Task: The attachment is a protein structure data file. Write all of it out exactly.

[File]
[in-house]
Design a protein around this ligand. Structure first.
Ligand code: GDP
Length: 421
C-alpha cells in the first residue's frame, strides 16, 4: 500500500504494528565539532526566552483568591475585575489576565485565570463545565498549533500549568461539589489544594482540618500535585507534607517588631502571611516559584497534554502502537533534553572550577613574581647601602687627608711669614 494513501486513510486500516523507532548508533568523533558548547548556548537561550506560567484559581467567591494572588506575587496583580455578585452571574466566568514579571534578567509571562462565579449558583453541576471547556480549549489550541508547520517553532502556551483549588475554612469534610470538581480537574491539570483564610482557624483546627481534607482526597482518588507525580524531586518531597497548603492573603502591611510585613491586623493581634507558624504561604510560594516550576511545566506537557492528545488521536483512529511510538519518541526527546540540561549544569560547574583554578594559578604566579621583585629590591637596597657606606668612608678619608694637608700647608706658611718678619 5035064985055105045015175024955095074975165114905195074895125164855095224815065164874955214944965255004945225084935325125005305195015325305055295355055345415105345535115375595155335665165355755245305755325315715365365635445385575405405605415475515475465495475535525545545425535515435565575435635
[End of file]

[in-house]
Design a protein around this ligand. Structure first.
Ligand code: GDP
Length: 421
C-alpha cells in the first residue's frame, strides 16, 4: 500500500504494528565539532526566552483568591475585575489576565485565570463545565498549533500549568461539589489544594482540618500535585507534607517588631502571611516559584497534554502502537533534553572550577613574581647601602687627608711669614 494513501486513510486500516523507532548508533568523533558548547548556548537561550506560567484559581467567591494572588506575587496583580455578585452571574466566568514579571534578567509571562462565579449558583453541576471547556480549549489550541508547520517553532502556551483549588475554612469534610470538581480537574491539570483564610482557624483546627481534607482526597482518588507525580524531586518531597497548603492573603502591611510585613491586623493581634507558624504561604510560594516550576511545566506537557492528545488521536483512529511510538519518541526527546540540561549544569560547574583554578594559578604566579621583585629590591637596597657606606668612608678619608694637608700647608706658611718678619 5035064985055105045015175024955095074975165114905195074895125164855095224815065164874955214944965255004945225084935325125005305195015325305055295355055345415105345535115375595155335665165355755245305755325315715365365635445385575405405605415475515475465495475535525545545425535515435565575435635